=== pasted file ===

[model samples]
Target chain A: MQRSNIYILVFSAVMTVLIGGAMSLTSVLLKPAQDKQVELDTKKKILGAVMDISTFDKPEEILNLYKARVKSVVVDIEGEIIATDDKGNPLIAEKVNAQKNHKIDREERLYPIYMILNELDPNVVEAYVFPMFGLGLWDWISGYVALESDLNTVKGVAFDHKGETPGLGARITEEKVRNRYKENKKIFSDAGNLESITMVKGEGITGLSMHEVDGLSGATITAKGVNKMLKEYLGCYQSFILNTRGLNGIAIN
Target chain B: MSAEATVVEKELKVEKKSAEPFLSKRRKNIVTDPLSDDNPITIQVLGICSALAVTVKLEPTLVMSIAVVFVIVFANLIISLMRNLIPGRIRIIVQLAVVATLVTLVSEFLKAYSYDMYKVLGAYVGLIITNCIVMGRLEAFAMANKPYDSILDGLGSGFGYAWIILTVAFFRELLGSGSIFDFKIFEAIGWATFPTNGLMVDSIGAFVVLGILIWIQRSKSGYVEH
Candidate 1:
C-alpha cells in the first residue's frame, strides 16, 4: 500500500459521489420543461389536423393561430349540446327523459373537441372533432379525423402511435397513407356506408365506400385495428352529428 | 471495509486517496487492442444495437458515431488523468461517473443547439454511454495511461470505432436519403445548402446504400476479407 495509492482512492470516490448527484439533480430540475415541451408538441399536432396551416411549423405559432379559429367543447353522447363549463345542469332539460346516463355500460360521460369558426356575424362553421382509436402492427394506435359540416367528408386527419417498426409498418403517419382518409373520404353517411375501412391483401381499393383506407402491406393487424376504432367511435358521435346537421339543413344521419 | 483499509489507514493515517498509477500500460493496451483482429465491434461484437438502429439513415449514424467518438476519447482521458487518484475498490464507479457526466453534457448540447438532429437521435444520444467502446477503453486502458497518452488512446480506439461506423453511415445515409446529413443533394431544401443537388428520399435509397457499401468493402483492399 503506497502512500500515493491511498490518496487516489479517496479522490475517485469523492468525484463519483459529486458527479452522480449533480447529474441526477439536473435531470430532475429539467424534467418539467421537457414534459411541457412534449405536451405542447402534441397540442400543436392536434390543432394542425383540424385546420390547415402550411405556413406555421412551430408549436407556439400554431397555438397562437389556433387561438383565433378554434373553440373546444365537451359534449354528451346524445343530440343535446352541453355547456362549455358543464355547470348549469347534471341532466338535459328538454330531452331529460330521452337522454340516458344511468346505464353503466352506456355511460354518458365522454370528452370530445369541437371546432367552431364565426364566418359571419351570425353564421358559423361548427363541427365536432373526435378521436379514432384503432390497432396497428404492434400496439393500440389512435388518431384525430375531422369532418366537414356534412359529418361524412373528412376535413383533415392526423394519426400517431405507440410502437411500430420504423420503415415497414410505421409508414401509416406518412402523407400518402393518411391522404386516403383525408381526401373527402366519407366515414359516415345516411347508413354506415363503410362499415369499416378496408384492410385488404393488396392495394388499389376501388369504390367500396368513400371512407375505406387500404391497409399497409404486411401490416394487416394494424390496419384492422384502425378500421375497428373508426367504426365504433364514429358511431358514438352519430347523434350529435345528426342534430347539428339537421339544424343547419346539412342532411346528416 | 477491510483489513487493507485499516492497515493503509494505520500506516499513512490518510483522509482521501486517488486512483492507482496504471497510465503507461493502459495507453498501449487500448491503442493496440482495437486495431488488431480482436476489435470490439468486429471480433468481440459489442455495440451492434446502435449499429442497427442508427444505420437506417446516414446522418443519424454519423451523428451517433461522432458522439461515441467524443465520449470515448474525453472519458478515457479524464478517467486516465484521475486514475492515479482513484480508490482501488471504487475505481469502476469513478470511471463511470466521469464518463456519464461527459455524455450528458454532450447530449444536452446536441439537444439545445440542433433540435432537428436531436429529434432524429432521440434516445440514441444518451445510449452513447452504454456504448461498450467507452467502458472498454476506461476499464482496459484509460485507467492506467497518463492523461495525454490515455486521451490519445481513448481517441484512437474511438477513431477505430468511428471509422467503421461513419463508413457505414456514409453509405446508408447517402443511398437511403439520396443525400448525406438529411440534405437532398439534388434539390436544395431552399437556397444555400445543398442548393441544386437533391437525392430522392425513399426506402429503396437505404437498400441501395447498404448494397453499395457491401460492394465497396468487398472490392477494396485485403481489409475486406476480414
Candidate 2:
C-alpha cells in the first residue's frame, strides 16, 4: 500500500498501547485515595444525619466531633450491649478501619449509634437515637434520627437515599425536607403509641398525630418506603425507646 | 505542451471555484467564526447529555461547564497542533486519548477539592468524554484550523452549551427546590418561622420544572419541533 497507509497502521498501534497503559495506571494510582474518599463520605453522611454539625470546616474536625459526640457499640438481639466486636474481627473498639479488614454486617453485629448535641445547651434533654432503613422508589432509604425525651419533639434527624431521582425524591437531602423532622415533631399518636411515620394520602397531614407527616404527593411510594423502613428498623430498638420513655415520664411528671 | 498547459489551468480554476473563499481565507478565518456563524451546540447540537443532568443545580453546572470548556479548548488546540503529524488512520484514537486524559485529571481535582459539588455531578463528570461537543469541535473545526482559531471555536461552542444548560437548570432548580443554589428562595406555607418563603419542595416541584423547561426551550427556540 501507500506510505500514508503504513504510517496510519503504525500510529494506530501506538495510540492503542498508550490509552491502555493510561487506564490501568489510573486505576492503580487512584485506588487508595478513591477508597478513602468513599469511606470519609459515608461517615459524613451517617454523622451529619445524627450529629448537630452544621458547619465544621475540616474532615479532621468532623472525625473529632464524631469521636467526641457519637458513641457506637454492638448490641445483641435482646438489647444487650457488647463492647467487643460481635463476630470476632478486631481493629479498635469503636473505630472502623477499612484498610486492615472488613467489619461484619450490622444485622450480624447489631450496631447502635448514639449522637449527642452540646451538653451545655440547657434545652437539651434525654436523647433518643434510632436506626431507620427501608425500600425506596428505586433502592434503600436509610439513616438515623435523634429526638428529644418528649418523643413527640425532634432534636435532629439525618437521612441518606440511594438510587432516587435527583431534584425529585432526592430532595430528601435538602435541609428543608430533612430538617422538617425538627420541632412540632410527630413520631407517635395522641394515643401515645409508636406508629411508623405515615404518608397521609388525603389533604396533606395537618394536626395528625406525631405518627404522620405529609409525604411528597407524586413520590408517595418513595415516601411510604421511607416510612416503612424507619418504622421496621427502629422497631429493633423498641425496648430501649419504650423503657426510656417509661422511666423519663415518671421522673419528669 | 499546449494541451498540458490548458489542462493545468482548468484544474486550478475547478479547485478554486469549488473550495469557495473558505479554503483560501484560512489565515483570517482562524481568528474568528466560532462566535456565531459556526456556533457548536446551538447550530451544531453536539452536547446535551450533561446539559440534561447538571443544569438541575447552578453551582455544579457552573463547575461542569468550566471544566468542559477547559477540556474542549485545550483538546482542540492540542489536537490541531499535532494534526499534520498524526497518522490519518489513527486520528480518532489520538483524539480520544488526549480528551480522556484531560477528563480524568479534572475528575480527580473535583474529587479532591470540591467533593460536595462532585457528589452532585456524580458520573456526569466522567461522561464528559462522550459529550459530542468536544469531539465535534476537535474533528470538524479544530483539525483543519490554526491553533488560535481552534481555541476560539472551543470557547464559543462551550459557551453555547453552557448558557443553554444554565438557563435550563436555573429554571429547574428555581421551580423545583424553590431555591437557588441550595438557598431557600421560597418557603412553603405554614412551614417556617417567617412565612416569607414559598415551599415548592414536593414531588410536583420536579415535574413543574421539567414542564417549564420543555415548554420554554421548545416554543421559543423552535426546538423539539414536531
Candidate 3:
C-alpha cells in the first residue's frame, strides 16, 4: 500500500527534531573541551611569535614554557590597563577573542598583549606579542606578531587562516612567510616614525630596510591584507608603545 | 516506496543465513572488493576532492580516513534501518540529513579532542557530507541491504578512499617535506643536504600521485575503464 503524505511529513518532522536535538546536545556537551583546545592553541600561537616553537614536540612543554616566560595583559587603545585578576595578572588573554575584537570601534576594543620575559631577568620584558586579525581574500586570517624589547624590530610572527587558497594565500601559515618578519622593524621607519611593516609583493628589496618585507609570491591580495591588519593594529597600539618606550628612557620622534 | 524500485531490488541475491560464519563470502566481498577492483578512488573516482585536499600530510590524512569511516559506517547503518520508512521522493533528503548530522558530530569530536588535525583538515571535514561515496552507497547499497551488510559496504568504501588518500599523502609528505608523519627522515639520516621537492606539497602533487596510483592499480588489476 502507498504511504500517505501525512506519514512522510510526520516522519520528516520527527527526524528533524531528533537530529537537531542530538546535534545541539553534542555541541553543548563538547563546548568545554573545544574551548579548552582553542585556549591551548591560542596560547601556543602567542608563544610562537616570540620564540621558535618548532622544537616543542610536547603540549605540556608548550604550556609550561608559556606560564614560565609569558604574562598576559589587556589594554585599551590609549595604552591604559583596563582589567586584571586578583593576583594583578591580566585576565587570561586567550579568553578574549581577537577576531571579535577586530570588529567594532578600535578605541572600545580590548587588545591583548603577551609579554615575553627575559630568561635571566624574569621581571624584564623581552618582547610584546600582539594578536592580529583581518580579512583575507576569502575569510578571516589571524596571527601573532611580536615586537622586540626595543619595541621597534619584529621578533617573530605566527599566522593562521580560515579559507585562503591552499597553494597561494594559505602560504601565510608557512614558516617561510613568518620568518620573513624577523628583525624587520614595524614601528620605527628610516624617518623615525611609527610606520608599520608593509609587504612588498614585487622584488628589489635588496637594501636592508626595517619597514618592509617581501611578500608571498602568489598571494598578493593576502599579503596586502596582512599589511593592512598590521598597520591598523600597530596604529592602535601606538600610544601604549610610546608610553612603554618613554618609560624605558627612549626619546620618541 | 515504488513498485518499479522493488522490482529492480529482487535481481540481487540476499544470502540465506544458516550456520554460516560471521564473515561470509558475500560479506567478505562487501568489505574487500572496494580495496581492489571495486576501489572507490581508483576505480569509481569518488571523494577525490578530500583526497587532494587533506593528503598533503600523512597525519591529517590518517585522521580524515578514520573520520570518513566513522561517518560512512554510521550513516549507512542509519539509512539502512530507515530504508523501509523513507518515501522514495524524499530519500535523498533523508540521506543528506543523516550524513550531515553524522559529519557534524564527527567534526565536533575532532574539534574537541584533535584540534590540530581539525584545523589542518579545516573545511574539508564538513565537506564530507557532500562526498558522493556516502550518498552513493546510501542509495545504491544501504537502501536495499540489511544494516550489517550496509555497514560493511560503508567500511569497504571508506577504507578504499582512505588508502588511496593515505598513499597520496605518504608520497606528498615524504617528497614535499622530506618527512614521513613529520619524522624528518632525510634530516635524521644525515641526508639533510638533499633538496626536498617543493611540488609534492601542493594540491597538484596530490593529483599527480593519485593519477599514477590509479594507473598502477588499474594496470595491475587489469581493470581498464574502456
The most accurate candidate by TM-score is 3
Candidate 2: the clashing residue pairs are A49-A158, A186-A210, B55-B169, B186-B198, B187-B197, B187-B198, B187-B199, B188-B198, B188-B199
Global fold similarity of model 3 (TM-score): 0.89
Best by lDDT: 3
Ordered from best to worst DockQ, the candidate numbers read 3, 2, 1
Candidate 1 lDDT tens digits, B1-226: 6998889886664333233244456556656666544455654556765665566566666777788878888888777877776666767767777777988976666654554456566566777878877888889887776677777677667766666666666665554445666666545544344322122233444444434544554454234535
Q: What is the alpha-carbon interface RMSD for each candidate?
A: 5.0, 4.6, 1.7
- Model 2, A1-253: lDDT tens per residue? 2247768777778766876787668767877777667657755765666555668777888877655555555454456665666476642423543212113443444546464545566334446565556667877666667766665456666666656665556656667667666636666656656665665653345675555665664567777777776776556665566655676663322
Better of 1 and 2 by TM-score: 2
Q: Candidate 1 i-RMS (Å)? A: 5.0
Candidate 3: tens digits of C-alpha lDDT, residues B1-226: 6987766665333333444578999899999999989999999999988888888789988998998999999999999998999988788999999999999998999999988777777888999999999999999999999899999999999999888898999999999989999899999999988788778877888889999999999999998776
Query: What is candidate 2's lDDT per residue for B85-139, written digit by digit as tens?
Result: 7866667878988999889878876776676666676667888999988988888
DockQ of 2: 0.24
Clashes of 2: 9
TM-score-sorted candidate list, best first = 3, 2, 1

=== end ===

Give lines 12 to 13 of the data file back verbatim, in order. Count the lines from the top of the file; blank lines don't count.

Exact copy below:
Global fold similarity of model 3 (TM-score): 0.89
Best by lDDT: 3